‘(2) The Commission shall publish notice of the commencement of any proceeding under this subsection in the Federal Register and shall, within a reasonable time thereafter, hold public hearings at which the Commission shall afford interested parties an opportunity to be present, to present evidence, to respond to the presentations of other parties, and otherwise to be heard.

    ‘(3) The provisions of subsections (a)(8) and (i) of section 202 of the Trade Act of 1974 (19 U.S.C. 2252(a)(8) and (i)), relating to treatment of confidential business information, shall apply to investigations conducted under this section.

    ‘(c) ACTIONS DESCRIBED- An action is described in this subsection if it is an action--

      ‘(1) by the People’s Republic of China to prevent or remedy market disruption in a WTO member other than the United States;

      ‘(2) by a WTO member other than the United States to withdraw concessions under the WTO Agreement or otherwise to limit imports to prevent or remedy market disruption;

      ‘(3) by a WTO member other than the United States to apply a provisional safeguard within the meaning of the product-specific safeguard provision of the Protocol of Accession of the People’s Republic of China to the WTO; or

      ‘(4) any combination of actions described in paragraphs (1) through (3).

    ‘(d) BASIS FOR DETERMINATION OF SIGNIFICANT DIVERSION- (1) In determining whether significant diversion or the threat thereof exists for purposes of this section, the Commission shall take into account, to the extent such evidence is reasonably available--

      ‘(A) the monitoring conducted under subsection (a);

      ‘(B) the actual or imminent increase in United States market share held by such imports from the People’s Republic of China;

      ‘(C) the actual or imminent increase in volume of such imports into the United States;

      ‘(D) the nature and extent of the action taken or proposed by the WTO member concerned;

      ‘(E) the extent of exports from the People’s Republic of China to that WTO member and to the United States;

      ‘(F) the actual or imminent changes in exports to that WTO member due to the action taken or proposed;

      ‘(G) the actual or imminent diversion of exports from the People’s Republic of China to countries other than the United States;

      ‘(H) cyclical or seasonal trends in import volumes into the United States of the products at issue; and

      ‘(I) conditions of demand and supply in the United States market for the products at issue.

    The presence or absence of any factor under any of subparagraphs (A) through (I) is not necessarily dispositive of whether a significant diversion of trade or the threat thereof exists.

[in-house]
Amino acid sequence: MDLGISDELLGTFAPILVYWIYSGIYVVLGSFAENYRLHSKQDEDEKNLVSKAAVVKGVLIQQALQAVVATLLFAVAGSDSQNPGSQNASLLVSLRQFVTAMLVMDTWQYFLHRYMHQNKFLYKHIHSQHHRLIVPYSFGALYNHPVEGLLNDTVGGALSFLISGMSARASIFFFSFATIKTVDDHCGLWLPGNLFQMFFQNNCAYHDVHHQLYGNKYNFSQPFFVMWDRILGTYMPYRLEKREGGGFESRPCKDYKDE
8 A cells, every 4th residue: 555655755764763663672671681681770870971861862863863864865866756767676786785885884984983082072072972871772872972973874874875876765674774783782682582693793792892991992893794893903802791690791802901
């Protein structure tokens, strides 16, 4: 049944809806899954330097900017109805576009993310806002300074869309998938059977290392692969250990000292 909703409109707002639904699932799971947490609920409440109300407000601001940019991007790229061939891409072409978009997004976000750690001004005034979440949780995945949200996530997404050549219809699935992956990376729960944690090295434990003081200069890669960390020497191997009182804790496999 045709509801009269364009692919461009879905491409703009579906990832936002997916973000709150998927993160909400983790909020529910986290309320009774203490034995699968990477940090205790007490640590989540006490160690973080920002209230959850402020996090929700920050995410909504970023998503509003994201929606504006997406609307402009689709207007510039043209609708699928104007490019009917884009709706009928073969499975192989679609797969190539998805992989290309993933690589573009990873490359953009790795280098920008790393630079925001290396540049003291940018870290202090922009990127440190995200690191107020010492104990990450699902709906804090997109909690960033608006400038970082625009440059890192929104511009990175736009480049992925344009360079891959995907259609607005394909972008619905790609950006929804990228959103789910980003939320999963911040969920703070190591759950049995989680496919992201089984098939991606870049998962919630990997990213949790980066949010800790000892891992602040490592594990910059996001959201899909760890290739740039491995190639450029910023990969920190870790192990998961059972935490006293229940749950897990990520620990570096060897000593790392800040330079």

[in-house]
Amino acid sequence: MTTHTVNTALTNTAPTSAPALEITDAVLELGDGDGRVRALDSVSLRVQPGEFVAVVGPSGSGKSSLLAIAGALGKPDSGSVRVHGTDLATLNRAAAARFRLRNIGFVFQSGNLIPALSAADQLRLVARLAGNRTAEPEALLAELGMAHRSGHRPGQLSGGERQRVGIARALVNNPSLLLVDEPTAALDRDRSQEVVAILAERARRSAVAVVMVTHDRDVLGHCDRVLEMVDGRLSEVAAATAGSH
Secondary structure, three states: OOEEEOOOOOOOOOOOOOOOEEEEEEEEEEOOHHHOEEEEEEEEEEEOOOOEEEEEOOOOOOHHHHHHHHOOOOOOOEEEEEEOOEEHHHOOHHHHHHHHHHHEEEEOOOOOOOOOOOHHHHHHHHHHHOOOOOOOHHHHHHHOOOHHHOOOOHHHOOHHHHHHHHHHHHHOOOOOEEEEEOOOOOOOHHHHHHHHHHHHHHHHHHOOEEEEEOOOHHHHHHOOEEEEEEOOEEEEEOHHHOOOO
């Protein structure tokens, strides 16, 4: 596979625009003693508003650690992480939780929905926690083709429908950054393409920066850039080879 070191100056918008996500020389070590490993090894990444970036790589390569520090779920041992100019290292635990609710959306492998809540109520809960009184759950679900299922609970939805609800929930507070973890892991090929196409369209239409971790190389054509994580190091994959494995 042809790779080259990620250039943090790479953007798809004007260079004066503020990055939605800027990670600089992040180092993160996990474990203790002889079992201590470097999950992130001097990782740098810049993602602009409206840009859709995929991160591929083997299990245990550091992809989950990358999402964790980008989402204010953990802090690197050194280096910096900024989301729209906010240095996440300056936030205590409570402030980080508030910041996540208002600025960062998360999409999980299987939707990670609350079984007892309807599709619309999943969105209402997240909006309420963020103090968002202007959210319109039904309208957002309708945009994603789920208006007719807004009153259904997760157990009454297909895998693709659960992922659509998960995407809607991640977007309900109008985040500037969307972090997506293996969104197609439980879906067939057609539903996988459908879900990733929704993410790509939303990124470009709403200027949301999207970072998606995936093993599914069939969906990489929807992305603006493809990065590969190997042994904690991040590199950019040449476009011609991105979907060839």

‘(2) For purposes of making its determination, the Commission shall examine changes in imports into the United States from the People’s Republic of China since the time that the WTO member commenced the investigation that led to a request for consultations described in subsection (a).

    ‘(3) If more than one action by a WTO member or WTO members against a particular product is identified in the petition, request, or resolution under subsection (b) or during the investigation, the Commission may cumulatively assess the actual or likely effects of such actions jointly in determining whether a significant diversion of trade or threat thereof exists.

    ‘(e) COMMISSION DETERMINATION; AGREEMENT AUTHORITY- (1) The Commission shall make and transmit to the President and the Trade Representative its determination under subsection (b) at the earliest practicable time, but in no case later than 45 days after the date on which the petition is filed, the request or resolution is received, or the motion is adopted, under subsection (b). If the Commissioners voting are equally divided with respect to its determination, then the determination agreed upon by either group of Commissioners may be considered by the President and the Trade Representative as the determination of the Commission.

    ‘(2) The Trade Representative is authorized to enter into agreements with the People’s Republic of China or the other WTO members concerned to take such action as necessary to prevent or remedy significant trade diversion or threat thereof into the domestic market of the United States, and should seek to conclude such agreements before the expiration of the 60-day consultation period provided for under the product-specific safeguard provision of the Protocol of Accession of the People’s Republic of China to the WTO, which shall commence not later than 5 days after the Trade Representative receives an affirmative determination provided for in paragraph (1) or a determination which the Trade Representative considers to be an affirmative determination pursuant to paragraph (1).